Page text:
If this year’s fundraiser was any indication, people are ready to turn their attention to this issue.

Geoff Engel said that while last year’s fundraiser was very spontaneous and slapped together quickly, this year’s was a lot more organized.

“We’ve done a much better job promoting the event,” said Geoff Engel, who recently appeared on 103.9 WRCN-FM to spread the word. “We’re really hoping to raise at least twice as much as last year. It’s a much bigger event.”

For starters, last year’s basketball tournament had about 15 teams of 3, and this year boasted 26, with a donation of $15 per team to participate. But the event’s biggest source of income came with the addition of event T-shirts at $10 each, provided by the company Inkterprise, and a raffle.

Some of the donated items included a 32-inch flat-screen TV, a 3-month membership to Planet Fitness and a car care basket with three auto inspections provided by Rapid Inc. The Town of Brookhaven also supported the fundraiser and donated four box seat tickets to the Yankee game this upcoming Saturday, a $100 Modell’s gift card and the basketball court at Cedar Beach, waiving the standard $400 fee to rent it.

“I live right next door in Rocky Point and so many communities on the North Shore have been devastated with overdoses,” said Brookhaven Councilwoman Jane Bonner (C-Rocky Point). “We decided to take a stronger role this year … we all collectively decided to roll up our sleeves and become more involved and bring more awareness.”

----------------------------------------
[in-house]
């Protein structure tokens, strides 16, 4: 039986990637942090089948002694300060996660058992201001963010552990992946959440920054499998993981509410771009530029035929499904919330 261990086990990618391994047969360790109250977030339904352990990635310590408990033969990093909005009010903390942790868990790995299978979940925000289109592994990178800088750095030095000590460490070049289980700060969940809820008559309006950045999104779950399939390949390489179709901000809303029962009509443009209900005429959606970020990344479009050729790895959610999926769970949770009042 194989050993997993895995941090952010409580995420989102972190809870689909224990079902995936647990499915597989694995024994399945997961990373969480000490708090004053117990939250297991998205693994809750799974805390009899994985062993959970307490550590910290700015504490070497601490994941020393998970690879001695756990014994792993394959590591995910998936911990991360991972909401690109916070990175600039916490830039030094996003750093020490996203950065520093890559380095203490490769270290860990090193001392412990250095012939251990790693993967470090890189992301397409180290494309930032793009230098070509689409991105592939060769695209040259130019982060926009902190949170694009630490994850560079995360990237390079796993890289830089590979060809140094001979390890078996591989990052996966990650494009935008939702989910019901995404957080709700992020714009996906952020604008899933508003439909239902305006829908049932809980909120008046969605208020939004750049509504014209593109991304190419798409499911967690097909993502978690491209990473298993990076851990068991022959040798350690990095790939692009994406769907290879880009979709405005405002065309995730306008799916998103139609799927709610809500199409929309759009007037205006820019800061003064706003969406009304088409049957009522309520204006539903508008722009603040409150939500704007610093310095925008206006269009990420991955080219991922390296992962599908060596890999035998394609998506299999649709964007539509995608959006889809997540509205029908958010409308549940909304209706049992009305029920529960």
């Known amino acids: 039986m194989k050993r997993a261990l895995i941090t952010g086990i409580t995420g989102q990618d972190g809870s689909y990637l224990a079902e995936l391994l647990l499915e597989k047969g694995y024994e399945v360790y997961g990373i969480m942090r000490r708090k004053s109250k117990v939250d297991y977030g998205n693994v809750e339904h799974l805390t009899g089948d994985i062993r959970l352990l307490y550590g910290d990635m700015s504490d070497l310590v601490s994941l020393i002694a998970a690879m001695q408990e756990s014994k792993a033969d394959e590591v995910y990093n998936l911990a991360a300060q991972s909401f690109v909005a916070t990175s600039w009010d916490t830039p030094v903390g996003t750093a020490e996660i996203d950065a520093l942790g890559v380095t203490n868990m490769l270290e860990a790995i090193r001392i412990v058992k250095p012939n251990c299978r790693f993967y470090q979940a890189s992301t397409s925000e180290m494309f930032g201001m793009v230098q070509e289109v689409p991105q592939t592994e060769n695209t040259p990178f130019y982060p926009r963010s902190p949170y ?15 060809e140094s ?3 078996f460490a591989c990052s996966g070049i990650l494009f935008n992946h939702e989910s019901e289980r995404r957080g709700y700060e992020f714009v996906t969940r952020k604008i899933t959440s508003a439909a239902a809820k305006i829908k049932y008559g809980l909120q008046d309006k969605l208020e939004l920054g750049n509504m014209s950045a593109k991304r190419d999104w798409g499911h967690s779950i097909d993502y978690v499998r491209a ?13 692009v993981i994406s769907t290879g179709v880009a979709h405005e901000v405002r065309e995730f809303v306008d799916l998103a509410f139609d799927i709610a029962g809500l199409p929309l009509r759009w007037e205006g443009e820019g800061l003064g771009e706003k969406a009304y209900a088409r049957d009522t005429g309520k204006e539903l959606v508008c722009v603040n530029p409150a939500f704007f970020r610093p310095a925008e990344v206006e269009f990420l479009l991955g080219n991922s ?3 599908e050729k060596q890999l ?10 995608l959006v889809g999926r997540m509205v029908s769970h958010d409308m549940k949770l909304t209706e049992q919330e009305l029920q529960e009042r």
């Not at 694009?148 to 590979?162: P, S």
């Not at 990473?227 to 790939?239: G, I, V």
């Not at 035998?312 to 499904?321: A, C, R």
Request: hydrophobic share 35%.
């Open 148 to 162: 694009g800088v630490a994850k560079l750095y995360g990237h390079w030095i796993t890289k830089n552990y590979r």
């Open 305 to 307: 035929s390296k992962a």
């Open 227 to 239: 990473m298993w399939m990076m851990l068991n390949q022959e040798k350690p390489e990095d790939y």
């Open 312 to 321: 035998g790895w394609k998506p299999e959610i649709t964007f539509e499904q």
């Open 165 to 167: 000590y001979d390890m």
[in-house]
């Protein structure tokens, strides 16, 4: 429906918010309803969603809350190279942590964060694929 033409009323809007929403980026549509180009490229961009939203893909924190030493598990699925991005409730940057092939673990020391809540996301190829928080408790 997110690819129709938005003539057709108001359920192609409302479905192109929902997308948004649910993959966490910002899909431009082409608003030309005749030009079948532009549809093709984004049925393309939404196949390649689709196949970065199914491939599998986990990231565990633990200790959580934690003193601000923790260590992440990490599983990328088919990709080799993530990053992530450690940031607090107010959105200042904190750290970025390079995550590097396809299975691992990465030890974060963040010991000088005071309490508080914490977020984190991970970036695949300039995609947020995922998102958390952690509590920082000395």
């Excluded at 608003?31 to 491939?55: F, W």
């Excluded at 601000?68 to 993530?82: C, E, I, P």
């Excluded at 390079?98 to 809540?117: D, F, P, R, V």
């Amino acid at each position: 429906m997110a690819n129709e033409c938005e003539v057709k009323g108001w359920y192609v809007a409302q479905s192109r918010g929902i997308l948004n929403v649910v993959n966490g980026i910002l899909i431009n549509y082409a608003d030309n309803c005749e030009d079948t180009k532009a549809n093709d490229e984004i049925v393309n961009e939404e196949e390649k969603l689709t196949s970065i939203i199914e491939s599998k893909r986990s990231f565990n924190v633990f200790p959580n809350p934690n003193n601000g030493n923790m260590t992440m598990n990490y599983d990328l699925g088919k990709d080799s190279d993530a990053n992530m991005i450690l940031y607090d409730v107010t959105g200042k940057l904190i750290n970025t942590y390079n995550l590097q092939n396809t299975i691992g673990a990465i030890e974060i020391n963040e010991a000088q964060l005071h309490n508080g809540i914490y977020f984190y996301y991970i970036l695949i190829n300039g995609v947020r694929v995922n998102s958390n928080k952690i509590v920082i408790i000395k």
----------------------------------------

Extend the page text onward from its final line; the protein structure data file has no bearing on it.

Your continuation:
For the Engel family, whose constant strength and selflessness has perpetuated this call for awareness, the focus is making sure the scholarship and nonprofit organizations get off the ground. If things go as planned, that should be the case by graduation next year.

“We’re trying to do anything we can just so people will talk about it,” Karen Engel said. “We want people to be aware that they can reach out to get help.”

This version corrects the spelling of the company name Inkterprise.

The 2016 Downtown Rocky Point Summer Concert Series, hosted in conjunction with VFW Post 6249, is underway. Following Swingtime Big Band on Tuesday, Southbound, a Long Island country and classic rock band, performed at St. Anthony of Padua Parish in downtown Rocky Point, at 614 Route 25A, Rocky Point.

The concerts begin at 7 p.m. and will help to support local businesses. Admission is free and attendees are encouraged to bring lawn chairs or blankets.

“The Summer Concert Series provides a wonderful way for families and residents to enjoy local musical performances,” said Legislator Sarah Anker (D-Mount Siani). “I encourage residents to join me at the concerts and to take advantage of the wonderful shops in downtown Rocky Point.”

On Tuesday, Aug. 16, Mike DelGuidice & Big Shot, a Billy Joel tribute band, will perform at St. Anthony’s. On Tuesday, Aug. 23, Strawberry Fields, the ultimate Beatles tribute band will perform.

In case of a cancellation, a rain date is scheduled for Aug. 30. For more information, contact 631-854-1600.